12. An electrostatic electroacoustic device comprising: a first electrode; a second electrode; an electret assembly between the first electrode and the second electrode, the electret assembly including a first electret, a second electret and a conductive layer sandwiched between the first electret and the second electret; a first spacer between the electret assembly and the first electrode; and a second spacer between the electret assembly and the second electrode, wherein the electret assembly being capable of vibratory motion relative to the first electrode and the second electrode based on an audio signal applied to the first electrode and the second electrode.

13. The device of claim 12, wherein each of the first electrode and the second electrode includes a material selected from at least one of polyimide (PI), polycarbonate (PC), polyethylene terephthalate (PET), polymethyl methacrylate (PMMA) and cyclic olefin copolymer (COC).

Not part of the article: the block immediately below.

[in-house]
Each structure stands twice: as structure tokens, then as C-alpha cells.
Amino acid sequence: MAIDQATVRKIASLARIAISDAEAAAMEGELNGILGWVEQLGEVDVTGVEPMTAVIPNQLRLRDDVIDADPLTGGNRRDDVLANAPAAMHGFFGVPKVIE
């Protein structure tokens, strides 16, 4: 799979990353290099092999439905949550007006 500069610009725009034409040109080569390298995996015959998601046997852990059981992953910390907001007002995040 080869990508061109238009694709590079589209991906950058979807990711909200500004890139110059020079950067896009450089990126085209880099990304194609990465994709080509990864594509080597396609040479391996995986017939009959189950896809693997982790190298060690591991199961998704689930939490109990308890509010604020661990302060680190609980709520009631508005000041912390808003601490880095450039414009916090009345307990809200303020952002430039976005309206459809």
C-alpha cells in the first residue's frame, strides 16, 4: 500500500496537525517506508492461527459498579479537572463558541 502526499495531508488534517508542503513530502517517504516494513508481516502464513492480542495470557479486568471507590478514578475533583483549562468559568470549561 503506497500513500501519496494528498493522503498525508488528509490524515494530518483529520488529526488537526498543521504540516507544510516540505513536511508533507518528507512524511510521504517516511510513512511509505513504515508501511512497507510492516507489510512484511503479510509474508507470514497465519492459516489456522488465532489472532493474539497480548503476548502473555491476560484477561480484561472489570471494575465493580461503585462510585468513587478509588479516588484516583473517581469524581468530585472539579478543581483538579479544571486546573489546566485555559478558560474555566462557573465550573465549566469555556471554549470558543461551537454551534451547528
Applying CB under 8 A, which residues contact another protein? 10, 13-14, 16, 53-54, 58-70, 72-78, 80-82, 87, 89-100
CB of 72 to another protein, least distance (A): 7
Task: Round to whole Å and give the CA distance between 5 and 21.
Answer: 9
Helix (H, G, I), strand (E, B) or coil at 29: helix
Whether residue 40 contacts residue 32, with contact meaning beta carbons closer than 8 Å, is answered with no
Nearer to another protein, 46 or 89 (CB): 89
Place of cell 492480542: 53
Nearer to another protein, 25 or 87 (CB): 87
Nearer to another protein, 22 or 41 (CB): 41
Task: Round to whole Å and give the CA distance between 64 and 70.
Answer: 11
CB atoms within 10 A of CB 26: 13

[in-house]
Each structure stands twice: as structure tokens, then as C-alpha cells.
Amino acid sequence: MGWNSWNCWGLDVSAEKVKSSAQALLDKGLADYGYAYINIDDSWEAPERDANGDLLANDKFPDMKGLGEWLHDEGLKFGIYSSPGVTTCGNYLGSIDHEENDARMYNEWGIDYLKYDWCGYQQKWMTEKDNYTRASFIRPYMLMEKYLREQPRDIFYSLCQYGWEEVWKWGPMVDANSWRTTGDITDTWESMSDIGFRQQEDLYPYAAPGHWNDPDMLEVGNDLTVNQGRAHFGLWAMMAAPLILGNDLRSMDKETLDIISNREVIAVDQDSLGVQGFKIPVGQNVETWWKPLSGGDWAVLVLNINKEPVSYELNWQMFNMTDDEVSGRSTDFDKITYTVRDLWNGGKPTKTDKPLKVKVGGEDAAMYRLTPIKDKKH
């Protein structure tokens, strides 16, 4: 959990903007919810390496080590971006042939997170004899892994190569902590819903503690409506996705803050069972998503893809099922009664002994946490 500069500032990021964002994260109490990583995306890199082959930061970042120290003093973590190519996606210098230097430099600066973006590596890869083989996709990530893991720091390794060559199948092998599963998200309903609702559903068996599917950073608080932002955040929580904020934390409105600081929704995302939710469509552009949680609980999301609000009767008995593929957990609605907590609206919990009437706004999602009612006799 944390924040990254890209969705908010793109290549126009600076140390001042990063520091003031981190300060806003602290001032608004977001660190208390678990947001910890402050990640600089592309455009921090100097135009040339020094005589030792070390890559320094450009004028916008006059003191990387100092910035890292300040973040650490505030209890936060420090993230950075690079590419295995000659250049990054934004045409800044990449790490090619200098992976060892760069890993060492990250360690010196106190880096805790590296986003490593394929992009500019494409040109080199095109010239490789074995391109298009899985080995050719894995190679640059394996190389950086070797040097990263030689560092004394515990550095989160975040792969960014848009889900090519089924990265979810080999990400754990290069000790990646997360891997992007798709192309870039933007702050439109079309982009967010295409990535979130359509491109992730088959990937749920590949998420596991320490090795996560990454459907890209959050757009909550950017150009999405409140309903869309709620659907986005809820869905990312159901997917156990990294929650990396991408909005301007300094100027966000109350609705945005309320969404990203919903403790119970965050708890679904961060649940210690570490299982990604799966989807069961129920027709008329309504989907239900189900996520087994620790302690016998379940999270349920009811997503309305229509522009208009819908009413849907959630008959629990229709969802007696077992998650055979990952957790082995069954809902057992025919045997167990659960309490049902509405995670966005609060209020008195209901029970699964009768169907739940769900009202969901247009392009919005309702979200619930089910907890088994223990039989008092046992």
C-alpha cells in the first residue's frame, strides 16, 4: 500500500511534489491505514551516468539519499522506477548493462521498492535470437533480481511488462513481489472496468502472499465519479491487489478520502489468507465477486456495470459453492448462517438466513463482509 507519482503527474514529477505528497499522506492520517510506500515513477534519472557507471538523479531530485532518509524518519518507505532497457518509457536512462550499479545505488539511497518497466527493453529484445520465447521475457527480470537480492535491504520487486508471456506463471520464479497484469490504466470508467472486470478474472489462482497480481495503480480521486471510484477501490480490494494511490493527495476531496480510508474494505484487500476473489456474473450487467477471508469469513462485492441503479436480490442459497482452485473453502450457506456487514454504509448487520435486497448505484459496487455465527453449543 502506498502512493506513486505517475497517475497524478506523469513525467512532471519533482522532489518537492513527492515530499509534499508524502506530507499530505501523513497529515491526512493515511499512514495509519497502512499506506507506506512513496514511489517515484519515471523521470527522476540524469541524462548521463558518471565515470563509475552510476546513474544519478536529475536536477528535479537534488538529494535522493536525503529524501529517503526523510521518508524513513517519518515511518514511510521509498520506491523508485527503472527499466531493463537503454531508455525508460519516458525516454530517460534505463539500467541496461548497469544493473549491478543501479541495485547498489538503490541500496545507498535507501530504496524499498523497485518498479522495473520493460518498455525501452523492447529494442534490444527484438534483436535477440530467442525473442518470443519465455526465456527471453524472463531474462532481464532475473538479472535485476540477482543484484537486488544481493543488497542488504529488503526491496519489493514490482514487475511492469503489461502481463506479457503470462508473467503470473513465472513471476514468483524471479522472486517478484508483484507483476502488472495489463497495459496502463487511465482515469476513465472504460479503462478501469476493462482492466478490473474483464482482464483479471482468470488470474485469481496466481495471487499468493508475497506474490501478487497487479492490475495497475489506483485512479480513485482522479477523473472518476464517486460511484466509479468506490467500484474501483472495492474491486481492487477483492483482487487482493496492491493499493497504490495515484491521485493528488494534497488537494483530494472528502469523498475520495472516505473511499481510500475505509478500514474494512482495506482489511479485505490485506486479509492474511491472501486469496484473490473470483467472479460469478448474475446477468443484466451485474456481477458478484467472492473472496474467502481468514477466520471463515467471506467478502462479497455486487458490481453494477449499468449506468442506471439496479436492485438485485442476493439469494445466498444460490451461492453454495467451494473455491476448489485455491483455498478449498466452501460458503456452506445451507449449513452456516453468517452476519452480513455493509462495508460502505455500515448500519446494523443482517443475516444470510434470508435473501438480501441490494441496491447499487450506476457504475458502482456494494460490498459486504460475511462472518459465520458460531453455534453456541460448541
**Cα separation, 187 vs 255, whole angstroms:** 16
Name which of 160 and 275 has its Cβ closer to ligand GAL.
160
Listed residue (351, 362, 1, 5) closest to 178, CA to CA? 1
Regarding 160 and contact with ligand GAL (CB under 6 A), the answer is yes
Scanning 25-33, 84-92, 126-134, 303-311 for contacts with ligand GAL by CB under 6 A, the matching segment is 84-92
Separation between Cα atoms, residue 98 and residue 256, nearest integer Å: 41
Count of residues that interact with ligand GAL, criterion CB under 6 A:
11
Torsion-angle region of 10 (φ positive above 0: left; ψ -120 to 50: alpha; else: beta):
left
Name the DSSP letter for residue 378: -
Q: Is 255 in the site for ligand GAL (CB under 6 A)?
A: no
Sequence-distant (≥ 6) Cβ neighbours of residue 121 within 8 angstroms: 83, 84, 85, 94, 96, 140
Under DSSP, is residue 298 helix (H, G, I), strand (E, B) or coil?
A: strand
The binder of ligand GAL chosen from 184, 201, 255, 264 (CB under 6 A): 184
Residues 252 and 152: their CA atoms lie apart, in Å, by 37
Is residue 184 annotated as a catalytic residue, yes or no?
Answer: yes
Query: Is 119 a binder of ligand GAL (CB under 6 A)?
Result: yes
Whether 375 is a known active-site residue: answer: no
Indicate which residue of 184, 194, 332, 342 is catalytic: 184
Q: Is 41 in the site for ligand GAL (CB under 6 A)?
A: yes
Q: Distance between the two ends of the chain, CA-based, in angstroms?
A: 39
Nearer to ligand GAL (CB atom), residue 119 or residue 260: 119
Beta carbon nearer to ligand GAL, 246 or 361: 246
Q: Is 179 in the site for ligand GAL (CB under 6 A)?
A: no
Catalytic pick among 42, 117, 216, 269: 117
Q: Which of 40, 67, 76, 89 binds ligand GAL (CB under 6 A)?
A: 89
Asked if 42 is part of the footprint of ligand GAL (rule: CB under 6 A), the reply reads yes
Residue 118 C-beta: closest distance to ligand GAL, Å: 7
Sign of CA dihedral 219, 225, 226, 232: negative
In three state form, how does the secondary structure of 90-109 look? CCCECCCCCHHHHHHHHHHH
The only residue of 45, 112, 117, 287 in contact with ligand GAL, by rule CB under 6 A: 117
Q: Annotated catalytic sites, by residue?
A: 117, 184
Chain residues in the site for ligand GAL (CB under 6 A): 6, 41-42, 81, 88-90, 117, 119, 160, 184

14. The device of claim 12, wherein each of the first electrode and the second electrode includes one of a conductive metal film, a conductive fiber and a polymeric substrate on which a conductive film is provided.

15. The device of claim 14, wherein the conductive fiber includes at least one of a metal fiber, a carbon fiber, a graphite fiber, or a glass fiber coated with metal, carbon or graphite.

16. The device of claim 14, wherein the polymeric substrate includes one of PI, PC, PET, PMMA and COC, and the conductive film coated on the polymeric substrate includes one of indium tin oxide (ITO) and indium zinc oxide (IZO).

17. The device of claim 12, wherein each of the first electret and the second electret includes at least one dielectric layer, the at least one dielectric layer including a material selected from at least one of polyterafluoroethylene (PTFE), fluorinated ethylene propylene (FEP), amorphous fluoropolymer (AF), COC and a transparent polymer containing fluorine (F).

18. The device of claim 12, wherein the conductive layer includes one of an aluminum film, ITO film and IZO film.

19. The device of claim 12, wherein the conductive layer includes a first conductive film attached to the first electret and a second conductive film attached to the second electret.